U.K. banks' attempts to limit the £5 billion-a-year cost ofcompliance with anti-financial crime rules may lead them to fall foul of theregulator if they continue to prune whole categories of customers, includingforeign students, charities and U.S. citizens.
Compliance costs have soared under the impact of legislationagainst the estimated hundreds of billions of dollars laundered through theU.K. annually, with one foreign bank reporting an increase per customer from£60-£70 to more than £300 in less than two years, according to a reportcommissioned by the Financial Conduct Authority.
With IT spending set to rocket over the next two years,partly driven by compliance, banks are offloading riskier categories of clientswho don't justify the extra cost. Two large U.K. banks have been closing around1,600 personal and business accounts a month for such reasons, the report byJohn Howell & Co said.
But the FCA has warned banks not to use anti-moneylaundering procedures as an excuse for closing unprofitable accounts and wantslenders to look at each case on its merits. This will push up compliance costs,and banks could face fines if they fall short, Chrisol Correia, director ofglobal anti-money laundering at LexisNexis Risk Solutions in London, said in aninterview.
Categories of discarded bank customers have includedAfricans, people from the Caribbean, foreign students, charities and evendiplomats, the FCA says. Americans have been hit too, because of U.Srequirements which penalize banks judged to have assisted their citizens inavoiding paying tax on foreign assets.
"There's a feeling that banks took too many wholesalede-risking decisions. They dropped entire geographies and classes ofcustomers," Correia said, adding that the FCA might resort to consumerprotection regulation.
The Financial Ombudsman deals with 20 to 30 such de-riskingcomplaints per week.
Former bank customers have also tried to bring civil suitsagainst lenders, but these have been mostly unsuccessful, thanks to acontractual right to close accounts, one lawyer with knowledge of such casessaid. The lawyer did not want to be named because of his work with banks.
Banks tend to shed the least lucrative accounts, and have madecomplaints more likely by failing to clearly provide reasons to eithercustomers affected or regulators, said Ellen Zimiles, a former U.S. prosecutorand now a managing director specialized in compliance at finance consultancyNavigant.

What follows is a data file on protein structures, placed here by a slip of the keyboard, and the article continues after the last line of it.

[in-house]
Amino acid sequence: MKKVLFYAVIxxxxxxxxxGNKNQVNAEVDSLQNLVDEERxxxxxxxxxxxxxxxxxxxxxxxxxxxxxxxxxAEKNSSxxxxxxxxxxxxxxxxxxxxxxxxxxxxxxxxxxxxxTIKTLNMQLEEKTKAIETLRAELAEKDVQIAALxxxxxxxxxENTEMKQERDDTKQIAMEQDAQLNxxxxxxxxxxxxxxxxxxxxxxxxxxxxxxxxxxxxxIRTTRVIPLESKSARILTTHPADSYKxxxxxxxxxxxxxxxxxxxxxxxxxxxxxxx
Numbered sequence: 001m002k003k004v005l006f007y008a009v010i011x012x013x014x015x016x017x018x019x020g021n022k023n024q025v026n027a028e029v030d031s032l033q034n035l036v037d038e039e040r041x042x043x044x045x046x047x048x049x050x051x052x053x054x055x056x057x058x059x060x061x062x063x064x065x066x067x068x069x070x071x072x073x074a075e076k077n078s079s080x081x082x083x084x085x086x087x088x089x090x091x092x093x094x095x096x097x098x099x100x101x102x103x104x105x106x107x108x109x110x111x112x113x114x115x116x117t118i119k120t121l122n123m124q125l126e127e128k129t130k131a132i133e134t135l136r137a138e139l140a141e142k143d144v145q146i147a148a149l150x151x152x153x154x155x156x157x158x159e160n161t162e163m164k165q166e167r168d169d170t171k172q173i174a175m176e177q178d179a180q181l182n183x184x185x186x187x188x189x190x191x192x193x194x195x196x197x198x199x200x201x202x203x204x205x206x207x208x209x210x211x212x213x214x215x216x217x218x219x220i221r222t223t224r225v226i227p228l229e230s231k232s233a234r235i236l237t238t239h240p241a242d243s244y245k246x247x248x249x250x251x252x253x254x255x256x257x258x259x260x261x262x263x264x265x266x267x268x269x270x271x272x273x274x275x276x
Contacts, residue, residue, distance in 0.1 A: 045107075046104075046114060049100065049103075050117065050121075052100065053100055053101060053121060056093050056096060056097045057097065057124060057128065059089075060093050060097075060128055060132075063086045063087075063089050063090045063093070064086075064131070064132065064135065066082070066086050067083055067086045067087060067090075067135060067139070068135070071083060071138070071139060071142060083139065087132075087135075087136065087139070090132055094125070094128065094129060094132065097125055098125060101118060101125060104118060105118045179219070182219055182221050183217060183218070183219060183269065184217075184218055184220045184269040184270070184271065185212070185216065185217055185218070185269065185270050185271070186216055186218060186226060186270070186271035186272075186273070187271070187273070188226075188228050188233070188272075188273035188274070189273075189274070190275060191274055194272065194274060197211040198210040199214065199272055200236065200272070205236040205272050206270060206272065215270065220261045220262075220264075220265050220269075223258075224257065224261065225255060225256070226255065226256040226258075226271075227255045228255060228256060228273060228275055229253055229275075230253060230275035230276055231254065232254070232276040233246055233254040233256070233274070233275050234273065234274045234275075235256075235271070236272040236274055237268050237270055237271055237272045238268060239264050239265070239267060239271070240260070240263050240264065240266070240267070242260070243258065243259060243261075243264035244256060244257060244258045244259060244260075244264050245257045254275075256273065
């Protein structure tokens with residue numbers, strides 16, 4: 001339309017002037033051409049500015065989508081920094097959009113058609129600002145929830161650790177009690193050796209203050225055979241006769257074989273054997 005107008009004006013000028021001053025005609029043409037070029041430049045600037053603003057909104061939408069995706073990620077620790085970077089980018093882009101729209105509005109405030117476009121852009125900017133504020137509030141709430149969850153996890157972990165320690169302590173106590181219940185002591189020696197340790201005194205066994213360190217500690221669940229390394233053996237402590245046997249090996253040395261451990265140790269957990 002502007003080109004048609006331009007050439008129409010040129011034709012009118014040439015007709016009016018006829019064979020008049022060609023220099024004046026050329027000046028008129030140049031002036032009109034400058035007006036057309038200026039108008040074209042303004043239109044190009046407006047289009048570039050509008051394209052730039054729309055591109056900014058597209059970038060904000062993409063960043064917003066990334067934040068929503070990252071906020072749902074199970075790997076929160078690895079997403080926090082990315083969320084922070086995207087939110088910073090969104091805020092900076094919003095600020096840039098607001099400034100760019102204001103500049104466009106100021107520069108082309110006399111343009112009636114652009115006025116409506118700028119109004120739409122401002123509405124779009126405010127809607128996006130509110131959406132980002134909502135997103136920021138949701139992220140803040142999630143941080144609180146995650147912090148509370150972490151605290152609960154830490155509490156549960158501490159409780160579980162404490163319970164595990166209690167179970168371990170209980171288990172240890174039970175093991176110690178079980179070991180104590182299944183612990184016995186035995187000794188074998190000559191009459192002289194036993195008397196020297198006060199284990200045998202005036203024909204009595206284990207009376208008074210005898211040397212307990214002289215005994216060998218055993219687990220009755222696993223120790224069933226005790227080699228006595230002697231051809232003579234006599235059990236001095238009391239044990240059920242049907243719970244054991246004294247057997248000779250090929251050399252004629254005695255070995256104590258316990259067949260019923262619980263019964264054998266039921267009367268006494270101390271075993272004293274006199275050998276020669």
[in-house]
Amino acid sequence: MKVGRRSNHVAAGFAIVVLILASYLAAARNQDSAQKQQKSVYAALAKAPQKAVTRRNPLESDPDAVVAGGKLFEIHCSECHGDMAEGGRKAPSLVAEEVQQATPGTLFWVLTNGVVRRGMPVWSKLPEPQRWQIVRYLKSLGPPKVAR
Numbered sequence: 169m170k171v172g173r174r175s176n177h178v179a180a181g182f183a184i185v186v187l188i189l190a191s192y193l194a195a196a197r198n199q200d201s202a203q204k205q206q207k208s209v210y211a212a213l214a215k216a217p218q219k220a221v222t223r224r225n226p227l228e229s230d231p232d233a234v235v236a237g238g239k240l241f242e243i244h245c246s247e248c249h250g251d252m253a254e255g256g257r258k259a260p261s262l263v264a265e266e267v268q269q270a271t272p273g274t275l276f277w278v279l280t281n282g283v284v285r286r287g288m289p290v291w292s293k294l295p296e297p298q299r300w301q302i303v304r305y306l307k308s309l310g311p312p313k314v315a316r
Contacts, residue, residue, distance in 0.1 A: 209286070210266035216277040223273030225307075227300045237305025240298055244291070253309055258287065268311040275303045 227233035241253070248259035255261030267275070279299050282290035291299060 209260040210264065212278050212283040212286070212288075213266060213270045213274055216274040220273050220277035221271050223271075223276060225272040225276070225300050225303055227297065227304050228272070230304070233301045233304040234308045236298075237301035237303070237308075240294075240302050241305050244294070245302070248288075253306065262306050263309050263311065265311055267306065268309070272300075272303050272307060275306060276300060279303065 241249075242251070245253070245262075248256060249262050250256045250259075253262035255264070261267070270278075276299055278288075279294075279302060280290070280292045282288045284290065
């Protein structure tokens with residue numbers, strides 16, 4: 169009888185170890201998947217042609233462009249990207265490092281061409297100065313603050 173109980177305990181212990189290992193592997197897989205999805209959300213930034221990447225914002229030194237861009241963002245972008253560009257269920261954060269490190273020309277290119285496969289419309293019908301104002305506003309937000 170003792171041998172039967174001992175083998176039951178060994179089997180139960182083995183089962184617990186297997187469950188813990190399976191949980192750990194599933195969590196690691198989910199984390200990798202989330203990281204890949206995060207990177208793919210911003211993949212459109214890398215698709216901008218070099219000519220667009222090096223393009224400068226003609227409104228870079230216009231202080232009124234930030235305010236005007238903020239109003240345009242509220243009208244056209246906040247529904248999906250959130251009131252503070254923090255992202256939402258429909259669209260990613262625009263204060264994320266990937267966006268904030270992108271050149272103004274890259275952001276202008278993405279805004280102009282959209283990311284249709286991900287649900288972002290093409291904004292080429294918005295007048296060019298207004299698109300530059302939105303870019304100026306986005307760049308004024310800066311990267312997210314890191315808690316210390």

"Generally [banks] don't like to say they are droppingthe account because it's unprofitable," she said in an interview.
"Usually if the account is profitable more analysisgoes into the decision to de-risk."
Wholesale de-risking has disproportionately affected small businessesand retail customers from disadvantaged backgrounds, John Howell & Cofound, warning of a possible "significant socio-economic impact."
Banks are aware they may be penalized, Zimiles said,although she didn't know of any fines levied as yet.
"I have heard talk of sanctions," she said."It's more of a threat."
While case-by-case examination of customers is in private banking andwealth management, replicating this in retail banking would cost a fortune,Zimiles said, adding that the precise impact was hard to quantify.
Currently, customers considered as overly risky aredischarged or their applications denied by computer algorithms, a cheapprocedure for banks. Moving to a case-by-case system would force banks toupgrade their computing power to process the additional data. Banks' ITspending will rise by 40% in the next two years, partly due to complianceneeds, PricewaterhouseCoopers said in a report. Anti-money launderingcompliance costs have already increased by 50% in the U.K. over 3 years,according to LexisNexis Risk Solutions.
Lenders would also require additional employees, Correiaexplained.
"Compliance is increasingly considered aprofession," he said. "Banks have an obligation to spot economiccrime and the number of institutions looking after that has grown."
"It's not easy to find the right people to do this sothere is also recruitment pressure."
Compliance already takes up 40% of a typical bank IT budget,Tommy Flynn, Rabobank's COO for Europe, told a London conference onJune 30, adding: "If we are spending a lot of money it is probably becausewe have a big problem."